Lockdown defense fuels championship teams.

Defense was a key component of the Ryukyu Golden Kings’ three championship teams, first in the 2008-09 season, then again in the 2011-12 campaign and repeated last season.

The league’s rapid growth — nonstop expansion for a decade has made statistical analysis a bit tricky, what with watered-down rosters for many clubs — but there’s no denying the longtime consistency of Ryukyu’s pursuit of defensive domination.

Exhibit A: The defending champion have yielded fewer points per game (opponent’s scoring average) in each of the previous four seasons, and if the current numbers hold up, they’ll stretch that streak to a remarkable five straight seasons.

Currently, Western Conference-leading Ryukyu (26-4) is allowing 66.9 points per game.

Last season, the Kings allowed 68.5 over 52 regular-season games. In 2012-13, they yielded 69.4, while in 2011-12 foes averaged 73.8. In 2010-11, they gave up 79.0.

In-game statistics, of course, aren’t the most significant statistic.

It’s the wins during floor leader Anthony McHenry’s tenure with the team that resonates with basketball observers from Okinawa to Hokkaido and overseas.

The Kings are on pace to increase their victory total for a sixth straight season — and they won a league-record 43 games last season.

What makes this possible?

The roster that team president Tatsuro Kimura has assembled is built for the present, while also putting pieces in place to be better in the future — short-term and long-term planning, in fact. (It helps, too, that the team has a well-documented virtual monopoly on signing top Okinawan players, what with the league’s draft an option instead of a requirement for teams.)

Since the start of the 2008-09 campaign, when McHenry, a Georgia Tech product, joined Ryukyu, the team has won 258 regular-season games and lost 82 of ’em. Of those 340 games, the Kings have a 75.8 winning percentage, and McHenry has appeared in 328 of those games.

In other words, his health has been a key part of the team’s high-powered offensive attack and tenacious defense under former bench bosses Dai Oketani and Koto Toyama and current head coach Tsutomu Isa.

McHenry entered this season with a 13.4 scoring average over the previous six bj-league campaigns. He’s averaging 13.6 in 30 games through Sunday.

Pick a month — any month, really — and McHenry’s name ought to be a finalist for the league’s monthly MVP award.

His consistency as a playmaker, scorer, rebounder and overall defender is impressive.

In January, Ryukyu triumphed in all six of its games and takes an eight-game win streak into the All-Star break.

This week, McHenry was named the league’s January MVP. He averaged 14 ppg, shot 64.6 percent from 2-point range and sank 90.9 percent of his free-throw attempts in that span.

Call it more of the same for the league legend.

In May 2012 after helping the Kings capture their second title by beating the Hamamatsu Higashimikawa Phoenix, McHenry explained how he approaches the game.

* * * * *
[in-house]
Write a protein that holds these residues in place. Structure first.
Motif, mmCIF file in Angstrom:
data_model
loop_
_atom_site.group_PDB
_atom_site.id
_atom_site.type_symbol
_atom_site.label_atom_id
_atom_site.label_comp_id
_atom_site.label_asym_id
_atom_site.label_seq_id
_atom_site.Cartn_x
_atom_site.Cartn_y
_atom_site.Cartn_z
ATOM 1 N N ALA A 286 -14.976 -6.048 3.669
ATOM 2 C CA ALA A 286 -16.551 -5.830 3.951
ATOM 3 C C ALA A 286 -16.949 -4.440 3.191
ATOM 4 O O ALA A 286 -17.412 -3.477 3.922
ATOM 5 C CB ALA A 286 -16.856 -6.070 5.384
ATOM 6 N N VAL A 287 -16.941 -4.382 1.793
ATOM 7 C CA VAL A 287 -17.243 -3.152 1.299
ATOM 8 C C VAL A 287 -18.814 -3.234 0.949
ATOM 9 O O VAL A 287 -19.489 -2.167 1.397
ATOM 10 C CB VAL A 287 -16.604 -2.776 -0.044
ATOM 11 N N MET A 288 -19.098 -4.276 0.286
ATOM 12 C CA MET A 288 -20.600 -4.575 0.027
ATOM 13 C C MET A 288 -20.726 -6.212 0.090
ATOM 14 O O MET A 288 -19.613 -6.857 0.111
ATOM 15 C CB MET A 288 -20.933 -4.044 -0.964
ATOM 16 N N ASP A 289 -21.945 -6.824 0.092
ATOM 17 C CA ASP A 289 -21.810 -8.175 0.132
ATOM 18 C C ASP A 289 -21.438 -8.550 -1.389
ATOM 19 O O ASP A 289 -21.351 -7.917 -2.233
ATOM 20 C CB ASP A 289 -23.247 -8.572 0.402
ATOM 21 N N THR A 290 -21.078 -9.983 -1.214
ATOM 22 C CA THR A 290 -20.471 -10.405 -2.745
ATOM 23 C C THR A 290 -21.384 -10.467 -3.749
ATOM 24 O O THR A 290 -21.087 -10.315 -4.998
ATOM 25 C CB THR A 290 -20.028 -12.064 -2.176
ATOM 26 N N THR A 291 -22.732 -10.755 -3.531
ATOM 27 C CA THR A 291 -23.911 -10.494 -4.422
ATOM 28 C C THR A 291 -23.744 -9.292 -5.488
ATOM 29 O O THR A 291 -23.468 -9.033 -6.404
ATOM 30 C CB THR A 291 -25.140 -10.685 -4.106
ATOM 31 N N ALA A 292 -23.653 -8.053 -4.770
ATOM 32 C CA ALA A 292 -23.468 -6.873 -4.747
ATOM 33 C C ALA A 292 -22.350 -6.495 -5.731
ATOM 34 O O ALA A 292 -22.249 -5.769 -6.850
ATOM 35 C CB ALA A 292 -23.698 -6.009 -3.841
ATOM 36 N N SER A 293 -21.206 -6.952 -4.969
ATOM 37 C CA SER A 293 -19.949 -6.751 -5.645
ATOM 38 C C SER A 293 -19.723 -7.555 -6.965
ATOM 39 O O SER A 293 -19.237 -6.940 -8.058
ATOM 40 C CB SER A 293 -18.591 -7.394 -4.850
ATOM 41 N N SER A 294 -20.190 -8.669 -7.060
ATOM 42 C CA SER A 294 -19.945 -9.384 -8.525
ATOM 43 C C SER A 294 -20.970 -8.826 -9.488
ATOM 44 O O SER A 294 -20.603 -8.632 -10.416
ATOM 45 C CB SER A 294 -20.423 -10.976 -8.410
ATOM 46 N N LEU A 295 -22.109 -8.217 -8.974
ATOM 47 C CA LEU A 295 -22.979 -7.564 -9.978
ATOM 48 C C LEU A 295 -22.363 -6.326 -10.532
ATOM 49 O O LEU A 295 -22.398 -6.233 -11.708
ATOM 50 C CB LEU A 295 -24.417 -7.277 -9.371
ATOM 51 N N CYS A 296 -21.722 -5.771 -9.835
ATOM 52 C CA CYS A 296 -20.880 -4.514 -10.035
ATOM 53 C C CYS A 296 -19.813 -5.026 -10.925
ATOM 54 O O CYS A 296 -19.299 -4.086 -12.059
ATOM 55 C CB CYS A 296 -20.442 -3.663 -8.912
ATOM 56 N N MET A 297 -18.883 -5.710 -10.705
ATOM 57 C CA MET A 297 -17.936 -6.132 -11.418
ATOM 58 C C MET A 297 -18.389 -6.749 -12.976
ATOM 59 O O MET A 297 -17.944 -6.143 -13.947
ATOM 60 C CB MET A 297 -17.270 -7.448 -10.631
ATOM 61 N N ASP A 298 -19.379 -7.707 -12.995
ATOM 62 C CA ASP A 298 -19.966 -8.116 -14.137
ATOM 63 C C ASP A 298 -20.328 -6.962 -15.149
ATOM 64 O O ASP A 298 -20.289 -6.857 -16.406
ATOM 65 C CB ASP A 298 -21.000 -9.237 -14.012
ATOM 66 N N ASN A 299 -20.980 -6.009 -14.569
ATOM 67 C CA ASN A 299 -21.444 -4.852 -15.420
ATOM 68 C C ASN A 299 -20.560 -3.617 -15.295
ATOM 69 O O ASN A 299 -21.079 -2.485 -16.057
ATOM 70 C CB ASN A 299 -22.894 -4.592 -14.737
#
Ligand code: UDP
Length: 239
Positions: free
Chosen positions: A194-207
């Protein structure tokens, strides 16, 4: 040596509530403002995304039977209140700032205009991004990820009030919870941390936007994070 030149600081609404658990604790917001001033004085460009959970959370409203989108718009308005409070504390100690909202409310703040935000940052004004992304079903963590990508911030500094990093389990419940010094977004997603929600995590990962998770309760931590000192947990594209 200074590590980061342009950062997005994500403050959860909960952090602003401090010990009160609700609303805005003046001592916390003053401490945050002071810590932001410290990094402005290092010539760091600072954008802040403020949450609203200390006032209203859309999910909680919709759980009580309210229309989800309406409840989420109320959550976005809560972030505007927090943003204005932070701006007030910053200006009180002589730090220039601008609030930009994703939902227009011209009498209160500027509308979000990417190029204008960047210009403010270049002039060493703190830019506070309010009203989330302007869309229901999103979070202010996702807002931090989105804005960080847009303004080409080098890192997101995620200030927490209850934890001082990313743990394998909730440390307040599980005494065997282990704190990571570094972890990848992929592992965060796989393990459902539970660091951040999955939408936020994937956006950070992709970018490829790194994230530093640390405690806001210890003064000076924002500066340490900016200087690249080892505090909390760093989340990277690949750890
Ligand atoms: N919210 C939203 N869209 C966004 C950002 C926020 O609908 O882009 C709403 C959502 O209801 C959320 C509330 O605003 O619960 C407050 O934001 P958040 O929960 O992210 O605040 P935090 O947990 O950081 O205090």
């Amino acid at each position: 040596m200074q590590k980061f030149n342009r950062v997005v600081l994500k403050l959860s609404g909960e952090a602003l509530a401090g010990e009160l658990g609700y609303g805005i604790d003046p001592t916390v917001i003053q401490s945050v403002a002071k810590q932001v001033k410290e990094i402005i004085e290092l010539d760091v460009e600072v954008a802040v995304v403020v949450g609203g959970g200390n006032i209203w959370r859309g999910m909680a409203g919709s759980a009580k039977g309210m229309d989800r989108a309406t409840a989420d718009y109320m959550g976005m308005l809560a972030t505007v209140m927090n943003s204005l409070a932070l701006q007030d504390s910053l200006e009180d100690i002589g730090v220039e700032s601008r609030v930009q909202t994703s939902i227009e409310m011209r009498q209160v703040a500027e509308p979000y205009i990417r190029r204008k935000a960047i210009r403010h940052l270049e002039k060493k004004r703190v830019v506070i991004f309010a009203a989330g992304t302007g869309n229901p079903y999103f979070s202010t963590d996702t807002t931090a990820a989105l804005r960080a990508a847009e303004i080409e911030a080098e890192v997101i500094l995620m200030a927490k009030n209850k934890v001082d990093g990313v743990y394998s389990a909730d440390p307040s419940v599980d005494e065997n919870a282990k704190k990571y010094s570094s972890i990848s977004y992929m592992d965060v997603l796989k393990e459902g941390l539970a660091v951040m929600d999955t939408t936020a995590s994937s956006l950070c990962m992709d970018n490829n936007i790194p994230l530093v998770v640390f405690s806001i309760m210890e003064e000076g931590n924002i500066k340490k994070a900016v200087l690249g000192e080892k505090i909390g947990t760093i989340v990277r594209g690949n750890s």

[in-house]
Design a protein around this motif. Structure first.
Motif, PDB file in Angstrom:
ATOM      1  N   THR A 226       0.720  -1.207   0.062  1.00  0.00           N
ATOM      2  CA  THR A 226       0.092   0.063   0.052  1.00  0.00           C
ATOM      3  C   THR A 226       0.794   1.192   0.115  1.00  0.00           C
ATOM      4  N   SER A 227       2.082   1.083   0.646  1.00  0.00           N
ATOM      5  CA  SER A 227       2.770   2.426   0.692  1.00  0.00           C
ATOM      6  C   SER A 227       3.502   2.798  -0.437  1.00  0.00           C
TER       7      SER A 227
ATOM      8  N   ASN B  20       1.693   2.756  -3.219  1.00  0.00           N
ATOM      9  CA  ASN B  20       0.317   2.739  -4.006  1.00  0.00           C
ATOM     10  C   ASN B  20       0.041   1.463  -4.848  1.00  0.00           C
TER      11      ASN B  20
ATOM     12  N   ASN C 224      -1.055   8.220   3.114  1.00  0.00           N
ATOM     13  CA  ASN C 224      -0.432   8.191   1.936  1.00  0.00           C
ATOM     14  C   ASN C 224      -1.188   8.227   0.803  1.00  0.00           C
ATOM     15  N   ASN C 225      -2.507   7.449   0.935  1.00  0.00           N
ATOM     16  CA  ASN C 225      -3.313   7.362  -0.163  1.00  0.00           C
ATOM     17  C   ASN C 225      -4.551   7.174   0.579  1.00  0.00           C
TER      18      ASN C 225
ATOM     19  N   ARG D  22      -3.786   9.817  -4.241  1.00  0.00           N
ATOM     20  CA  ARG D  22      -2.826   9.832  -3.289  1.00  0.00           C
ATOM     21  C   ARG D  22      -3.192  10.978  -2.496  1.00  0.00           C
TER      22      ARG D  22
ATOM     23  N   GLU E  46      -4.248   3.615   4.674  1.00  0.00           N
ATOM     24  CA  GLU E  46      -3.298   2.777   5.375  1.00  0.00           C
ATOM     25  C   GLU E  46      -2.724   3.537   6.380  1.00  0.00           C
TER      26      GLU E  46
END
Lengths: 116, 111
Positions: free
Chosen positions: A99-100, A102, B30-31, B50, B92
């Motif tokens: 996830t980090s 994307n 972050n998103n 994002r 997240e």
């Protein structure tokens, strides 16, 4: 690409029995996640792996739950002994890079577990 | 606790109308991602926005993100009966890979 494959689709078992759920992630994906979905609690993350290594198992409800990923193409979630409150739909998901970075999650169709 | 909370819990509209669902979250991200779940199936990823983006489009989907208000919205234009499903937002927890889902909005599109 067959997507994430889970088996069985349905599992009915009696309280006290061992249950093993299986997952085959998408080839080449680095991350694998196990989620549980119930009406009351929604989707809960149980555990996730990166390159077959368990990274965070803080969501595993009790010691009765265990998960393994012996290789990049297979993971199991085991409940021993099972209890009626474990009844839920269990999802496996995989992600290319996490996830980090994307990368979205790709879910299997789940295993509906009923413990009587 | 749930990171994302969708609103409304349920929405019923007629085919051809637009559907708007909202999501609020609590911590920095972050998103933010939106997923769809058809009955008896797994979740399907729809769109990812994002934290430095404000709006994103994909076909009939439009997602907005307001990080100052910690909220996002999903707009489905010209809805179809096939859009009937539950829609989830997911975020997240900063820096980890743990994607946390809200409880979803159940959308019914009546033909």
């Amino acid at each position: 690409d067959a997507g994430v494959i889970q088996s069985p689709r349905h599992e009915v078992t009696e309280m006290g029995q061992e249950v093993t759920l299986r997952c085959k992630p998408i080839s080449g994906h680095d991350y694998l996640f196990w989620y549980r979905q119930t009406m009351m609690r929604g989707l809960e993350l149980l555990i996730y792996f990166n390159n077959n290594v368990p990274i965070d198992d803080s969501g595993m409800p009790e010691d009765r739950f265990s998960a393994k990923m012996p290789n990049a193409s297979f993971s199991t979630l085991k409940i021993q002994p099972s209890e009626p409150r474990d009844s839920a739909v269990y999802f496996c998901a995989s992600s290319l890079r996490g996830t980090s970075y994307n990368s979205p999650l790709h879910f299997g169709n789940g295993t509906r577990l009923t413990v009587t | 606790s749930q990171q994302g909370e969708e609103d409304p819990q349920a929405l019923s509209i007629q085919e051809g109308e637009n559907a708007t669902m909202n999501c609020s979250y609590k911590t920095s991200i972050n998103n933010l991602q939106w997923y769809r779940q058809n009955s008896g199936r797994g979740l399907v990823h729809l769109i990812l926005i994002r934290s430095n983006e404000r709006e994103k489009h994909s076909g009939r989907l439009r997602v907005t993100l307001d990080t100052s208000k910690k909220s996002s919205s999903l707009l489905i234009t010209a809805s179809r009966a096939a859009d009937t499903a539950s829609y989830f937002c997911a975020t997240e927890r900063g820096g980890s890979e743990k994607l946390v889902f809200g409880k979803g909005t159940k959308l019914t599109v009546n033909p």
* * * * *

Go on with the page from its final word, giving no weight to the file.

“I’ve never considered myself to be a go-to player,” McHenry told reporters after a 25-point, four-rebound, three-assist, three-block effort at Ariake Colosseum. “I think it shows in the way that I play. On any given night I can score points, get rebounds, assists, steals or blocks. It doesn’t really matter.

“I’m more of a player that just wants to go out and do what it takes to win. So tonight it was points, but it could’ve been any of those other categories, and I think a lot of the players on this team are the same way.”

Then-Phoenix star Wayne Arnold, who now suits up for the Iwate Big Bulls, offered his perspective about what makes McHenry such a special player.

“We play a lot of games (in Atlanta) and a lot of the time he’s the best player on the court,” said Arnold, referring to the offseason. He stated that McHenry has the skills to defend players at all positions.

Weekly accolade: Takamatsu Five Arrows swingman Dexter Lyons earned the Lawson/Ponta Weekly MVP accolade for games last weekend.

More importantly, Lyons helped the Five Arrows snap a 14-game losing streak.

The University of Central Florida alum scored 19 points in the series opener against the Rizing Fukuoka and added 26 on Sunday, when Takamatsu completed a weekend sweep.

Catching up with … Ryan Blackwell: The former Osaka and Gunma head coach recently started working as a pregame analyst for Syracuse University games on the Time Warner Cable sports channel.

Blackwell, who played at Syracuse from 1997 to 2000, suited up for Sendai and Osaka before beginning his pro coaching career in 2010.


All-Star Game info: Sunday’s ninth annual All-Star Game will be held in Maebashi, Gunma Prefecture, and commence at 1 p.m.

East starters: Guards Masashi Joho (Toyama) and Shigehiro Taguchi (Akita) and forwards Richard Roby (Akita), Scootie Randall (Iwate) and Yuichi Ikeda (Niigata).

East reserves: Guards Kenya Tomori (Gunma), Masaya Karimata (Fukushima), Takato Saito (Shinshu) and Koji Nagata (Saitama) and forwards Kejuan Johnson (Sendai), Gyno Pomare (Aomori) and Will Foster (Tokyo).

West starters: Guards Cohey Aoki (Fukuoka) and Ryuichi Kishimoto (Ryukyu) and forwards Atsuya Ota (Hamamatsu), Reggie Warren (Kyoto) and Draelon Burns (Ryukyu).

West reserves: Guards Shunki Hatakeyama (Osaka), Tatsuya Suzuki (Nara), Edward Yamamoto (Shimane), Taishiro Shimizu (Oita) and Justin Watts (Takamatsu) and in the frontcourt Terrance Woodbury (Shiga) and Olu Ashaolu (Hamamatsu).

East coach: Gunma’s Charlie Parker.

West coach: Hamamatsu’s Tomoya Higashino.

The Slam Dunk Contest and 3-Point Shootout will be held before the game.

Feedback: Got a story idea about the bj-league? Send an email to: edward.odeven@japantimes.co.jp

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